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The Body Reviews

The Body by Bill Bryson

The Body

A Guide for Occupants

Bill Bryson

4.13 out of 5

6 reviews

Category: Non-fiction
Imprint: Doubleday
Publisher: Transworld Publishers Ltd
Publication date: 1 Oct 2019
ISBN: 9780857522405

`We spend our whole lives in one body and yet most of us have practically no idea how it works and what goes on inside it. The idea of the book is simply to try to understand the extraordinary contraption that is us.' Bill Bryson sets off to explore the human body, how it functions and its remarkable ability to heal itself.

  • The TimesBook of the Year
4 stars out of 5
26 Sep 2019

"It’s fun to read because it’s not just comprehensive, but quirky."

Bill Bryson isn’t a medic, biologist or psychiatrist, but that’s what makes his exploration of the human body, all seven billion billion billion atoms of it (the book is rich in jaw-dropping stats), so readable and useful. As with his earlier A Short History of Nearly Everything, which offers a non-specialist introduction to science, he asks all the questions a layperson doesn’t dare to ask for fear of exposing humiliating ignorance, then answers them in witty, jargon-free prose that glides you through 400 pages.

Reviews

5 stars out of 5
7 Nov 2019

"It is no mean feat to capture the essence of the human body and the history of medicine and modern clinical practice in a single volume, but Bryson manages it phenomenally well"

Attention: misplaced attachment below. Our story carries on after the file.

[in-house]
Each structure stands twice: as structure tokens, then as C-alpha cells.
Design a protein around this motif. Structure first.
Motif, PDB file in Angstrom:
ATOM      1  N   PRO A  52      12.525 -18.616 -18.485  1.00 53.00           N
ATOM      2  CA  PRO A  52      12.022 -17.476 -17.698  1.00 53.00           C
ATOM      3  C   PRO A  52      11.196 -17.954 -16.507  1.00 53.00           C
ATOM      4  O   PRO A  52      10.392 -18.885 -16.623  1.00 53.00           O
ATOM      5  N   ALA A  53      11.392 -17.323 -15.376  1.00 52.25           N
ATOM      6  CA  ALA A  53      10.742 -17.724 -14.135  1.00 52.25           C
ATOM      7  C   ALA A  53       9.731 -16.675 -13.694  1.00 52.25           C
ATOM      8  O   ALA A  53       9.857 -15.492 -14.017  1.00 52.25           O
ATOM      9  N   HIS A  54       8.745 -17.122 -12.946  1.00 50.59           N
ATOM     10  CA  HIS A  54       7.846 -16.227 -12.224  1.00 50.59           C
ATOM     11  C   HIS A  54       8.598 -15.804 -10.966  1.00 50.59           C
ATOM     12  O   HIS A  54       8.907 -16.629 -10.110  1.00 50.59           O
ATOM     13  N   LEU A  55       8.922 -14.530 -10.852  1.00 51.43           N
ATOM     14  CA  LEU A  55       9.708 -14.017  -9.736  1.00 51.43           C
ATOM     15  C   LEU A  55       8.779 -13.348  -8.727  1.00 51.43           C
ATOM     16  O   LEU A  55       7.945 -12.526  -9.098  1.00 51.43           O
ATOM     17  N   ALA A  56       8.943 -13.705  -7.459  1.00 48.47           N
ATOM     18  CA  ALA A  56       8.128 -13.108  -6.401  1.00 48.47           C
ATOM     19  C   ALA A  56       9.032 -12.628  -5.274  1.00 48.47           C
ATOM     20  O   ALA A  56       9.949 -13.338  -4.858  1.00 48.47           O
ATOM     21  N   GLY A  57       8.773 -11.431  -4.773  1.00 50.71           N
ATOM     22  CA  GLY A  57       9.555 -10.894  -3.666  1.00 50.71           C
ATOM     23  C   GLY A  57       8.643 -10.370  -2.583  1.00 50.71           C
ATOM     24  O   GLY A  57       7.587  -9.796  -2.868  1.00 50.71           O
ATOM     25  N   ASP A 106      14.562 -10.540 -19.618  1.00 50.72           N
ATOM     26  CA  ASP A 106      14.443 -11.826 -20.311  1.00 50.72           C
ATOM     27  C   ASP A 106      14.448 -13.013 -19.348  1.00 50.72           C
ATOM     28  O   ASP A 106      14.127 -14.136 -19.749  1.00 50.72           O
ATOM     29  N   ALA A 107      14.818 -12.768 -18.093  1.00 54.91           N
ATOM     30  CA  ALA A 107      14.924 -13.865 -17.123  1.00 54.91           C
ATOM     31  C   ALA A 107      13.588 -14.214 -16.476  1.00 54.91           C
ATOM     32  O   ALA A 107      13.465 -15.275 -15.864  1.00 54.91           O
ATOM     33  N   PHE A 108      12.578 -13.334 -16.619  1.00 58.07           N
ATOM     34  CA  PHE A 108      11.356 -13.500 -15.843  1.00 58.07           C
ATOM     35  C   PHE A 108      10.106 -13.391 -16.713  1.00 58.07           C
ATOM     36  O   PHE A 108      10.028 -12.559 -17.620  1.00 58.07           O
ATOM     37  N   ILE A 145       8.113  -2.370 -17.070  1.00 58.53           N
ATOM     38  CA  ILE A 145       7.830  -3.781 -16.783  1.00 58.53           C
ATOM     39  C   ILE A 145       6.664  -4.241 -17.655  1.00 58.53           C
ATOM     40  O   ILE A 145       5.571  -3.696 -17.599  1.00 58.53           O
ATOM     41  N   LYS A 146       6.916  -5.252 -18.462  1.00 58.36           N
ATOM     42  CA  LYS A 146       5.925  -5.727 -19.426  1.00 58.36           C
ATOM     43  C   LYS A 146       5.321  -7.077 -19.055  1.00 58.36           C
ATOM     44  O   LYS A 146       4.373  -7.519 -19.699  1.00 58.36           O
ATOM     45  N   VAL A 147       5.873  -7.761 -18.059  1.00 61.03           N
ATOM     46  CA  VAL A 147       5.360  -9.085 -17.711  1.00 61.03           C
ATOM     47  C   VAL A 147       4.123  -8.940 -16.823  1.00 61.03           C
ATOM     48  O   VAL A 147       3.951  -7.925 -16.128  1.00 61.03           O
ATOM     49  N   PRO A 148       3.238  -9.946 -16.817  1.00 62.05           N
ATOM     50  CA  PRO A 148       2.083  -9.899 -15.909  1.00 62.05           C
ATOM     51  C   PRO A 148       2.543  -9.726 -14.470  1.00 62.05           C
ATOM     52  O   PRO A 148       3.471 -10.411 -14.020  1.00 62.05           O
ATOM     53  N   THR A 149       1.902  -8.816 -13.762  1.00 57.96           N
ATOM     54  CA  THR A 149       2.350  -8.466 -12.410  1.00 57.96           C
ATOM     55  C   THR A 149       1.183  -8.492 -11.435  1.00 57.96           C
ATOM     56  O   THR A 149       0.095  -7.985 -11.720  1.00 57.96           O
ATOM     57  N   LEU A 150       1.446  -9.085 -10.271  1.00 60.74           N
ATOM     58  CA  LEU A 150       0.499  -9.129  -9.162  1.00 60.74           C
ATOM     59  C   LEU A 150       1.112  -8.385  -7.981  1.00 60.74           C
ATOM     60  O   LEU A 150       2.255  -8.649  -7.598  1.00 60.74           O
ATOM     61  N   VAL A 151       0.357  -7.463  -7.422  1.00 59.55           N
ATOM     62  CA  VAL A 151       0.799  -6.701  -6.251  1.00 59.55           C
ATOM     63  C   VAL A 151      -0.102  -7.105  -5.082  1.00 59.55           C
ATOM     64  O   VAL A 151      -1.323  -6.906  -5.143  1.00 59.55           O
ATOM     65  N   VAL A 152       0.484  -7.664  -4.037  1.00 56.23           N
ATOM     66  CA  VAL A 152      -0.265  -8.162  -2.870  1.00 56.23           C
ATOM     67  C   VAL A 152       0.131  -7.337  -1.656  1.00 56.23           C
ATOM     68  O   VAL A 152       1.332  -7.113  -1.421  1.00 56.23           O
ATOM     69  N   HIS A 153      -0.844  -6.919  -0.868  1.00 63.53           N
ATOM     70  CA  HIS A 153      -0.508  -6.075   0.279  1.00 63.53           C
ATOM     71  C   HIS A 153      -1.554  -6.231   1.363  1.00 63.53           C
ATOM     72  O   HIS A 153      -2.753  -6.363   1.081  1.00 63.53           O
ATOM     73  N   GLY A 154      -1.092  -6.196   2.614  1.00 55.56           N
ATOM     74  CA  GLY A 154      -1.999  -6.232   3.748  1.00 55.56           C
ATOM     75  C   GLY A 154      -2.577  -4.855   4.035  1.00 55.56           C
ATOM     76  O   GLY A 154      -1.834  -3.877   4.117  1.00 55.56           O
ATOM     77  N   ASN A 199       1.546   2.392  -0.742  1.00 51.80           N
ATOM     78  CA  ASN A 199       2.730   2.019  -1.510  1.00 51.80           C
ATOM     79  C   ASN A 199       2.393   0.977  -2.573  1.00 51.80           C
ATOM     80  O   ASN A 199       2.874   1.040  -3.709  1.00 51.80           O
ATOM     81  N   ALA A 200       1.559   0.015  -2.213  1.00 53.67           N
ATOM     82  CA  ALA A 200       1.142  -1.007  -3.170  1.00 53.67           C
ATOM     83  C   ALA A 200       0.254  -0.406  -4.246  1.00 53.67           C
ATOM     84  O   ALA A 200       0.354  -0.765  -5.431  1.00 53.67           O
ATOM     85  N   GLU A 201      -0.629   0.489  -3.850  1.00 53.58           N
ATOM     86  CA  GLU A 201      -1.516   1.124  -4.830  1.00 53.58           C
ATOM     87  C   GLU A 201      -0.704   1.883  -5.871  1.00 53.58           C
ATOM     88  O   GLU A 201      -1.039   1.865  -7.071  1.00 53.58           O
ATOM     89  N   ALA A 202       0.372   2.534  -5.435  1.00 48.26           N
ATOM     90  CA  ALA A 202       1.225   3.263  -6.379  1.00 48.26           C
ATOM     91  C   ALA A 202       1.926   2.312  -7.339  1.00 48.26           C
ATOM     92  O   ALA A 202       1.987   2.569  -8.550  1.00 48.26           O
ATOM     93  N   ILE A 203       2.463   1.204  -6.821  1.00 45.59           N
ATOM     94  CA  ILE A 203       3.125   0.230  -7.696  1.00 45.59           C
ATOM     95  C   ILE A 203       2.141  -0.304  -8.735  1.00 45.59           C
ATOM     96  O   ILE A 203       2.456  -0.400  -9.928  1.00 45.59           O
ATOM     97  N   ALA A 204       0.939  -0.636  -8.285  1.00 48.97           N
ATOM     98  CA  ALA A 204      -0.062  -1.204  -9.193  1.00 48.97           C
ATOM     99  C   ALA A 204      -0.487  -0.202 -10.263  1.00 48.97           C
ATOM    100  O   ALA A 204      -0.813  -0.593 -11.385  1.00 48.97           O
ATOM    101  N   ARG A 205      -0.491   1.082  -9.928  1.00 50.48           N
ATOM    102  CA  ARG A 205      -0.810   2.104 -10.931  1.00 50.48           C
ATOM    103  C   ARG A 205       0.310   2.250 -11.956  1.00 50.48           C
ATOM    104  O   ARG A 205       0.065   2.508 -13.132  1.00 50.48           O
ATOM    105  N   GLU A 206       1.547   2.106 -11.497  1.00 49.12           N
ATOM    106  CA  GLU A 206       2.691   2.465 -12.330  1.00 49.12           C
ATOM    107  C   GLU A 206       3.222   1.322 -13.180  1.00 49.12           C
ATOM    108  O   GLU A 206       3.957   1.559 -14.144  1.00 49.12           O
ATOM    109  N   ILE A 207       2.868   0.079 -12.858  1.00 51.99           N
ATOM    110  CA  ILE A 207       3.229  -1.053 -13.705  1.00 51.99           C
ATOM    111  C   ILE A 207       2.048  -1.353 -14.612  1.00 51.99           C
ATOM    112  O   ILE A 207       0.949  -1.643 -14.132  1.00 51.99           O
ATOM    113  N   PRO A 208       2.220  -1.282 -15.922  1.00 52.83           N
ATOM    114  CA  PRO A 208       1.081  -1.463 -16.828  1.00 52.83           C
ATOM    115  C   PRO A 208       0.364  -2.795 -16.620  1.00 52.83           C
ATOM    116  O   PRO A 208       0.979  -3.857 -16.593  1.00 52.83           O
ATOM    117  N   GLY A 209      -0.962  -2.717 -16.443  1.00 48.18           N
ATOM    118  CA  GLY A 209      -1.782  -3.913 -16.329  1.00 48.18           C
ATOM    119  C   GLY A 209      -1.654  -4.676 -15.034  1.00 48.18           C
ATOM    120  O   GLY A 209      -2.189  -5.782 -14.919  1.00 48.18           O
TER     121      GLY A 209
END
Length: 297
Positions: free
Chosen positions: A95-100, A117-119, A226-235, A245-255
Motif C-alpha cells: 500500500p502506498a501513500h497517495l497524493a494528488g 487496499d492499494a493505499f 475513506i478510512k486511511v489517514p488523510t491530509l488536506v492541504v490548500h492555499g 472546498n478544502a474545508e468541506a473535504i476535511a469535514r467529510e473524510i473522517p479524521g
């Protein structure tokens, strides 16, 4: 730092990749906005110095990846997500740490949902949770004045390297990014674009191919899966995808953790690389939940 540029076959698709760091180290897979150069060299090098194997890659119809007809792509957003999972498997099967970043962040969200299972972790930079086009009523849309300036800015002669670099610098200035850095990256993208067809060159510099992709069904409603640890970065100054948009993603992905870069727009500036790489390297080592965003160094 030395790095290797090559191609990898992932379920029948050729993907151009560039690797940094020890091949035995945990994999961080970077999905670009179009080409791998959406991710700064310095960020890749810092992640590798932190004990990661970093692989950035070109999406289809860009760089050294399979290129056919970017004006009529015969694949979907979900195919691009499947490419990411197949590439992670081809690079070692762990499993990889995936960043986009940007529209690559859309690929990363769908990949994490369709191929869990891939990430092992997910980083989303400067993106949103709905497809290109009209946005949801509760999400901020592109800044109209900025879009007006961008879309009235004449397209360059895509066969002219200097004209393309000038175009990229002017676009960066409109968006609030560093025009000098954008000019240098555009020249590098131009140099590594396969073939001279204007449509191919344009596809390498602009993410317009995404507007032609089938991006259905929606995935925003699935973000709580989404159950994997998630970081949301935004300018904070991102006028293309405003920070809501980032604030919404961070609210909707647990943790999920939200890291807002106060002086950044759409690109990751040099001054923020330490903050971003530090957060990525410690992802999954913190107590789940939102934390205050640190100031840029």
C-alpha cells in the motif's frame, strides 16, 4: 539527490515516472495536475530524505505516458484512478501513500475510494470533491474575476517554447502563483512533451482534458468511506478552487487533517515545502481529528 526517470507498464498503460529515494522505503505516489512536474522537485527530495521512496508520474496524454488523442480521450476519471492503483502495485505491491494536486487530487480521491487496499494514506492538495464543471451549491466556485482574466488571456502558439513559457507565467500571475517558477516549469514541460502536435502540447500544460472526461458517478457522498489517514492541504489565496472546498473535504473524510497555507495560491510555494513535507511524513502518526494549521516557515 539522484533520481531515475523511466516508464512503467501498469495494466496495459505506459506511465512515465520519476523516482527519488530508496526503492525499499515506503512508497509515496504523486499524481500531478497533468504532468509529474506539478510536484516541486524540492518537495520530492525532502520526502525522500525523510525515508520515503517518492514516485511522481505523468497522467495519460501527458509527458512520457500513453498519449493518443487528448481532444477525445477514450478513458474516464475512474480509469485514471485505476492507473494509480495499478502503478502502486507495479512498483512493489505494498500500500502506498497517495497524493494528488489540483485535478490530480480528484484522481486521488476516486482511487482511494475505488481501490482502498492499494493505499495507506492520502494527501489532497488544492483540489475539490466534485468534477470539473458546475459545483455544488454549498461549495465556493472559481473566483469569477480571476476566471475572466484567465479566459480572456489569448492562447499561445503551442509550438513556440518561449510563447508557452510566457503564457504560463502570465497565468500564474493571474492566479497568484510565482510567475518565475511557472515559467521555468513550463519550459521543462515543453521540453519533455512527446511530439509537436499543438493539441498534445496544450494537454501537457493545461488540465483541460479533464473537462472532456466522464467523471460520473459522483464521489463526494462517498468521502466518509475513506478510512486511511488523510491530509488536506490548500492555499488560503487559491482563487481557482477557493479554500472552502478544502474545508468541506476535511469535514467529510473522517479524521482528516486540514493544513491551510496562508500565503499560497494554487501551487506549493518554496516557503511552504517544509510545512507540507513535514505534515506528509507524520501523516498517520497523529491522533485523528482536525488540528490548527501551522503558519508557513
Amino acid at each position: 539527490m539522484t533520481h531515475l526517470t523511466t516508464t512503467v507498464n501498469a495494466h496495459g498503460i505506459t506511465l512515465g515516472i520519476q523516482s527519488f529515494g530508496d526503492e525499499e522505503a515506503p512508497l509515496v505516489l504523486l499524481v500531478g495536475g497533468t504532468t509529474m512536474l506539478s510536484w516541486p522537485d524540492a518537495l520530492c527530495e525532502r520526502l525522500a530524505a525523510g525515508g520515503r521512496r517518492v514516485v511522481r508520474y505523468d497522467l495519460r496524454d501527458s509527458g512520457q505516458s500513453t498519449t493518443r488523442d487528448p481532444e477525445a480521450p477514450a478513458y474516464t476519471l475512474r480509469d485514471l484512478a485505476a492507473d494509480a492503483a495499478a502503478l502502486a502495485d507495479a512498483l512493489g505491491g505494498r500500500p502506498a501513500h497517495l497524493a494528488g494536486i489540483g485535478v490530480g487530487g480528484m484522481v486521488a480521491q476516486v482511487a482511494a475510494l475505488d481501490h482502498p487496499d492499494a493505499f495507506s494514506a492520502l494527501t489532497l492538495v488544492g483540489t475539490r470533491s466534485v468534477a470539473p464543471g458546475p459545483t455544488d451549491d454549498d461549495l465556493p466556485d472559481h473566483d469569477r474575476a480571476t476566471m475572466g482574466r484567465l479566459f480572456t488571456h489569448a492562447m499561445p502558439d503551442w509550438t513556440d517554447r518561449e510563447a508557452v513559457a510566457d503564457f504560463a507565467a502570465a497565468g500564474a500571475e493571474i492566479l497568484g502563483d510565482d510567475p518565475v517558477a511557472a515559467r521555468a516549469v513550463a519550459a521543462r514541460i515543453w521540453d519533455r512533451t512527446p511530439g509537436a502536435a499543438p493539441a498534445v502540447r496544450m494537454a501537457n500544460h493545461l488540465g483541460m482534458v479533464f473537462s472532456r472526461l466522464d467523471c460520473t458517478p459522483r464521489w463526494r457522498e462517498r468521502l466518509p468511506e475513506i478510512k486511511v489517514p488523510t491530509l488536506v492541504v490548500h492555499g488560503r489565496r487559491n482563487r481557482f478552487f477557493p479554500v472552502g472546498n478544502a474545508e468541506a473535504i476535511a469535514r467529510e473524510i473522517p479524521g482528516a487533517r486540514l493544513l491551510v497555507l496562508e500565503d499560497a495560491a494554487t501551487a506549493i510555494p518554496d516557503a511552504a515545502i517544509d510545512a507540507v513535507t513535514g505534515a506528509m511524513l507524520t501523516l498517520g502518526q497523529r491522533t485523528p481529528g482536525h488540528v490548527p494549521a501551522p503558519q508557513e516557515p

It is no mean feat to capture the essence of the human body and the history of medicine and modern clinical practice in a single volume, but Bryson manages it phenomenally well. His approach is to dazzle with fascinating data, and to flesh out the lives of pioneers — often with gossip about their irascibility, tax-dodging or the hijacking of their discoveries by colleagues — following this by interviewing an expert practising in the same field today. It must have been a time-consuming endeavour, but he retains his humour and awe throughout, and his enthusiasm is infectious...  overall, this book is a delight. Bryson has missed a vocation as a charismatic teacher — but teaching’s loss is our gain.

5 stars out of 5
16 Oct 2019

"One of the strengths of Bryson’s delightful new book... is that it reveals the thousands of rarely acknowledged tasks our body takes care of as we go about our day"

One of the strengths of Bryson’s delightful new book, “The Body,” is that it reveals the thousands of rarely acknowledged tasks our body takes care of as we go about our day. We should be thankful. Well, mostly thankful. In some respects, the human body is terribly designed. It’s a collection of evolution’s Scotch-tape-and-bubble-gum fixes (see our injury-prone knees or the dangerously exposed scrotum). Plus, our bodies can and do go horribly awry, whether from tennis elbow or deadly infections... Bryson, who gives off a Cronkite-like trustworthy vibe, is good at allaying fears and busting myths. For instance, he says you don’t have to worry about MSG — there’s no science indicating that eating normal amounts of this synthetic umami causes headaches or malaise (though there is evidence people find it delicious). You can also stop obsessing about antioxidants. There’s little science behind the claim that you can increase your life span with antioxidant supplements (a $2- billion-a-year industry).